British Columbia

Court hears B.C. Mountie twice convicted of punching Indigenous suspects

A veteran Mountie convicted of punching a handcuffed Indigenous teen in Terrace was previously convicted of punching an Indigenous suspect in a Prince Rupert jail cell more than a decade ago, his sentencing hearing has heard.

Veteran RCMP constable likely won't serve jail time for punching handcuffed teen in Terrace

A veteran RCMP officer is awaiting sentencing for punching a handcuffed teenager in the face during a violent arrest in Terrace in 2014. (Terrace Standard Newspaper )

A veteran RCMP officer convicted of punching a handcuffed Indigenous teenager was previously convicted of assaulting an Indigenous man in a jail cell more than a decade ago.

The earlier assault was revealed during a sentencing hearing for Terrace, B.C. Const. Bruce Lofroth.

Lofroth has worked as a police officer for almost 30 years, first with the Victoria Police and then as an RCMP officer and member of the Emergency Response Team in northern B.C.

Lofroth, 53, pleaded guilty this year to a 2014 assault during a violent arrest.

He was charged after a video of the incident was made public. 

The video was shown twice during Lofroth's four- hour sentencing hearing in B.C. provincial court in Terrace.

Lofroth punched handcuffed teen in face

The video shows a subdued teenager lying on the sidewalk in handcuffs offering no resistance, just before Lofroth punches him in the face.

The "depth of recoil of Lofroth's punching arm is indicative of the force used," said Crown prosecutor Michael van Klaveren.

RCMP Constable Bruce Lofroth was raised in Terrace and has policed the northwestern B.C. community for years. (City of Terrace)

Thirteen years prior to that sidewalk punch, in 2001, Lofroth was convicted of punching a man in a Prince Rupert jail cellblock.

At his sentencing hearing this week, the Crown stated the man, who Lofroth had arrested, kicked and spat at the officer. 

Lofroth unlocked the cell door and punched the prisoner, according to the Crown. The man fell to the floor and suffered a cut lip that required stitches.

Court heard Lofroth was under emotional stress at the time because of the death of his brother.

He was found guilty of the 2001 assault, but the judge granted him a conditional discharge and told him he expected this would never happen again.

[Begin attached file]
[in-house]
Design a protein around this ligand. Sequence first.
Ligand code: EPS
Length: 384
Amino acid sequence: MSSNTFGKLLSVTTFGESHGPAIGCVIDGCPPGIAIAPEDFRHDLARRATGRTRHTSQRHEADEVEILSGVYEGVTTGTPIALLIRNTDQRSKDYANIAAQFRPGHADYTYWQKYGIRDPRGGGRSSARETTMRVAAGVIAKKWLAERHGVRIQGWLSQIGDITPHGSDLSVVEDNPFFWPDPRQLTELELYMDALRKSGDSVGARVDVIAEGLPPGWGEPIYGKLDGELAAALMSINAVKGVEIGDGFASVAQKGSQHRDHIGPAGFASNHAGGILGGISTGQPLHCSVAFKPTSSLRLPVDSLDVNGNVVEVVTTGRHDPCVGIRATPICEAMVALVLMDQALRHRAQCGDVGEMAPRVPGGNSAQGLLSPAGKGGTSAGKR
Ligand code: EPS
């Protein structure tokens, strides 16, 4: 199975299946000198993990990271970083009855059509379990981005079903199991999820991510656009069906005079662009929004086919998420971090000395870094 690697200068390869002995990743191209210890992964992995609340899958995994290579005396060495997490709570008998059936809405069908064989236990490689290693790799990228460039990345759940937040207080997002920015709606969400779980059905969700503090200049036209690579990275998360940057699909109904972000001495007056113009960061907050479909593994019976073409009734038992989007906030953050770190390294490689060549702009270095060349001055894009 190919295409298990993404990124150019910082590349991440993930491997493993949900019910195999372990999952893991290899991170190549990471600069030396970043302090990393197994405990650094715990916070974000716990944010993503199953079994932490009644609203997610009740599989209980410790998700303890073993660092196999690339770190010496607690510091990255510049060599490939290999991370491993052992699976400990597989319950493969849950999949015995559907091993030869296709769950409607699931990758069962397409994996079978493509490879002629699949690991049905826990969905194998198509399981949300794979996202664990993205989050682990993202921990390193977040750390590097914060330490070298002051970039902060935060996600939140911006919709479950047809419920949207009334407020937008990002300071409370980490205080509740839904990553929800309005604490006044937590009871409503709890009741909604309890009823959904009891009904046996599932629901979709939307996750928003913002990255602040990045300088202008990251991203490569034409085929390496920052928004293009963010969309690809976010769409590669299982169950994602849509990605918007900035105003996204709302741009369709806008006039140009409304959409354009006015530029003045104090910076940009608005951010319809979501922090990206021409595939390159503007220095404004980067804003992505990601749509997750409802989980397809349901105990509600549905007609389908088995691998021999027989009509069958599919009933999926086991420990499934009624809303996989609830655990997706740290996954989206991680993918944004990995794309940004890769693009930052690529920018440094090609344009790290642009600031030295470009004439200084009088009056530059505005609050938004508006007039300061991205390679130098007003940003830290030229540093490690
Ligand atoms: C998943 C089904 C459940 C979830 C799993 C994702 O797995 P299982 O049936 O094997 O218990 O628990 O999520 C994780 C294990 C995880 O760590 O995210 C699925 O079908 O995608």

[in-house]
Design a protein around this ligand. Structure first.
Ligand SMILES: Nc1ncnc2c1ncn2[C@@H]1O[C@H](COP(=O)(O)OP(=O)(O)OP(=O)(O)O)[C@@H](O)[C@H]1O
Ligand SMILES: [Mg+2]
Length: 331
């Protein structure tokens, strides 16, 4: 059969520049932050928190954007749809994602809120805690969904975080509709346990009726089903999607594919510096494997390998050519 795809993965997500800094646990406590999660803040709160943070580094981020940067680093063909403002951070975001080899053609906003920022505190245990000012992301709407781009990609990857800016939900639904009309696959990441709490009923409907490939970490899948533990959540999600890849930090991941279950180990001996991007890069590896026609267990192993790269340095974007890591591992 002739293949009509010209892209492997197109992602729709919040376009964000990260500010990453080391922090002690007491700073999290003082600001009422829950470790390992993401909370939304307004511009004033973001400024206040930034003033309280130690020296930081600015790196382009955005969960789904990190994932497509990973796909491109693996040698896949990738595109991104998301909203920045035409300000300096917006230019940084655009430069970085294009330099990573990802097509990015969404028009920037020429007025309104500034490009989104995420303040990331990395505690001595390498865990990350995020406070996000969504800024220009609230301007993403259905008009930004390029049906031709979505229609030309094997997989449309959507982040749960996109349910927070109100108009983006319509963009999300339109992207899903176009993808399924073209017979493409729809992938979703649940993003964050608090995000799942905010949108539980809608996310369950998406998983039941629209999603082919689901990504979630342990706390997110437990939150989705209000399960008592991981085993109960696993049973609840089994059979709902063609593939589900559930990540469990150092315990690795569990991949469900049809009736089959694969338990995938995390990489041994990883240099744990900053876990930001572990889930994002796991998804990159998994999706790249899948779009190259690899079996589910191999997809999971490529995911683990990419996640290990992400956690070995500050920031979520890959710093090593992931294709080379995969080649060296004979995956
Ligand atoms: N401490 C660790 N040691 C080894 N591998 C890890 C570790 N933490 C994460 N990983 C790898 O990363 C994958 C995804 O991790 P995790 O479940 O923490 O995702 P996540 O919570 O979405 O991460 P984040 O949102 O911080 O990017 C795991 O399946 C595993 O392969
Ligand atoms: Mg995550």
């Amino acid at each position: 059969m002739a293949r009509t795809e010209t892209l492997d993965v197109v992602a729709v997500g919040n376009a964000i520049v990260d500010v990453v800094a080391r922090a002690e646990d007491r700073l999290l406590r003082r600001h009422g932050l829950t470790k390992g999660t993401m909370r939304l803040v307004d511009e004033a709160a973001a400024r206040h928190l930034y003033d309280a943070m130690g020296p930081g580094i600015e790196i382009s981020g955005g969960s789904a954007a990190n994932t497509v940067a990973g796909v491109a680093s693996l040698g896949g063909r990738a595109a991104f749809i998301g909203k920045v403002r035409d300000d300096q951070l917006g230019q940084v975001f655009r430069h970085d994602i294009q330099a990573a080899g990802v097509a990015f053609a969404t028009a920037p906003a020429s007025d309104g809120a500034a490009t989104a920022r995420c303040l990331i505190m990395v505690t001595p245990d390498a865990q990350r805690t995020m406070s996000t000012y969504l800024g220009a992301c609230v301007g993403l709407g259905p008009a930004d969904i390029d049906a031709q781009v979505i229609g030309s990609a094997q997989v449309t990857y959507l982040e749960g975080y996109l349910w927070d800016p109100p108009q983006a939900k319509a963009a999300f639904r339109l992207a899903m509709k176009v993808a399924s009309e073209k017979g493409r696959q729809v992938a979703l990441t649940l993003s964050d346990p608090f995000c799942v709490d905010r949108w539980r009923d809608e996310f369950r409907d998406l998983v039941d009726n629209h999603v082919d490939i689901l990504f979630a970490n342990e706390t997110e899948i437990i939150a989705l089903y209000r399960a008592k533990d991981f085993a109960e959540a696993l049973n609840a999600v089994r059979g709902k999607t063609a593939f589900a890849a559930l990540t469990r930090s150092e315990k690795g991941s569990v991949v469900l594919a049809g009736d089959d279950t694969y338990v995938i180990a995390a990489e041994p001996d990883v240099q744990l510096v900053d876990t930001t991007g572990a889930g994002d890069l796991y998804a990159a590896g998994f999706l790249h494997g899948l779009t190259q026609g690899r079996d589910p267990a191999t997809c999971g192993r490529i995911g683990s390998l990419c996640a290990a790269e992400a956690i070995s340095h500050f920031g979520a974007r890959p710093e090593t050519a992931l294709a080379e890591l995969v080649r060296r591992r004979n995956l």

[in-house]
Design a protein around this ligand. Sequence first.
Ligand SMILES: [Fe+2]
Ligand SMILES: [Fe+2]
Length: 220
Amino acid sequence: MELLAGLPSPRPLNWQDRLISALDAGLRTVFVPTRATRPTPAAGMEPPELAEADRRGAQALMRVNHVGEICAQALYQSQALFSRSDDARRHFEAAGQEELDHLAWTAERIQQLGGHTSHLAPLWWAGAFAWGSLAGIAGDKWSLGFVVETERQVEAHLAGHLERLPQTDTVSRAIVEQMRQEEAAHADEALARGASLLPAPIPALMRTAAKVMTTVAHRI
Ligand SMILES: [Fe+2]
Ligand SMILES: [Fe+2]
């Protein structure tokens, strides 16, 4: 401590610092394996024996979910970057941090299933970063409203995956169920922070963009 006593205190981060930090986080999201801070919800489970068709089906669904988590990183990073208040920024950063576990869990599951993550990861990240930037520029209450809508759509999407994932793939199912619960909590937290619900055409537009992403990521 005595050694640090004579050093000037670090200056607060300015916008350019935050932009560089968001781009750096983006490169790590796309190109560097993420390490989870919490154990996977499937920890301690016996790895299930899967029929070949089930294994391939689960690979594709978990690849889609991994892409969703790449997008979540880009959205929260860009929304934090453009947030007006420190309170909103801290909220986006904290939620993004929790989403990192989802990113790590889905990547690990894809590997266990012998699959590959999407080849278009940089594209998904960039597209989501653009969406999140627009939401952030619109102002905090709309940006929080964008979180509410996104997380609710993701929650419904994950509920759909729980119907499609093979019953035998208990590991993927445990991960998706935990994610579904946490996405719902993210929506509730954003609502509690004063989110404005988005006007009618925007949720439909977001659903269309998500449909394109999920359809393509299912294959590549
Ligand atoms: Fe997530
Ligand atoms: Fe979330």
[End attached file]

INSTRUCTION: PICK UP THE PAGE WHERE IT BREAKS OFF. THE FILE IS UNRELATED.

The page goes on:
But, now, it has.

At Friday's sentencing hearing, defence lawyer Brad Smith argued the two incidents were unrelated, separated by a period of 13 years.

'He has accepted responsibility'

Smith described Lofroth as a quiet family man, a father of two teenagers and a veteran Mountie "who doesn't hesitate to do the jobs others do not intend to do."

"He's the sort of man you'd like to have in your corner in a crisis." 

"He has accepted responsibility for what he has done," said Smith, who noted that the teen in the case had attacked Lofroth before he was subdued. 

"His career will not recover from this."

Smith called for a conditional discharge, which would mean no criminal record. He said Lofroth has already been disciplined by the RCMP for use of excessive force.

The lawyer also pointed out Lofroth had been on desk duty at reduced pay, had been permanently removed from the Emergency Response Team and had been embarrassed in his community by media coverage of the case.

Crown seeks suspended sentence

The Crown is seeking a suspended sentence, which would mean a criminal record for the veteran Mountie.

It is also asking for a number of conditions, including anger counselling for Lofroth, a letter of apology to the youth he struck and mandatory community work within the First Nations community. 

Judge Edmond de Walle, brought in from Salmon Arm for the sentencing, reserved his decision to a later date.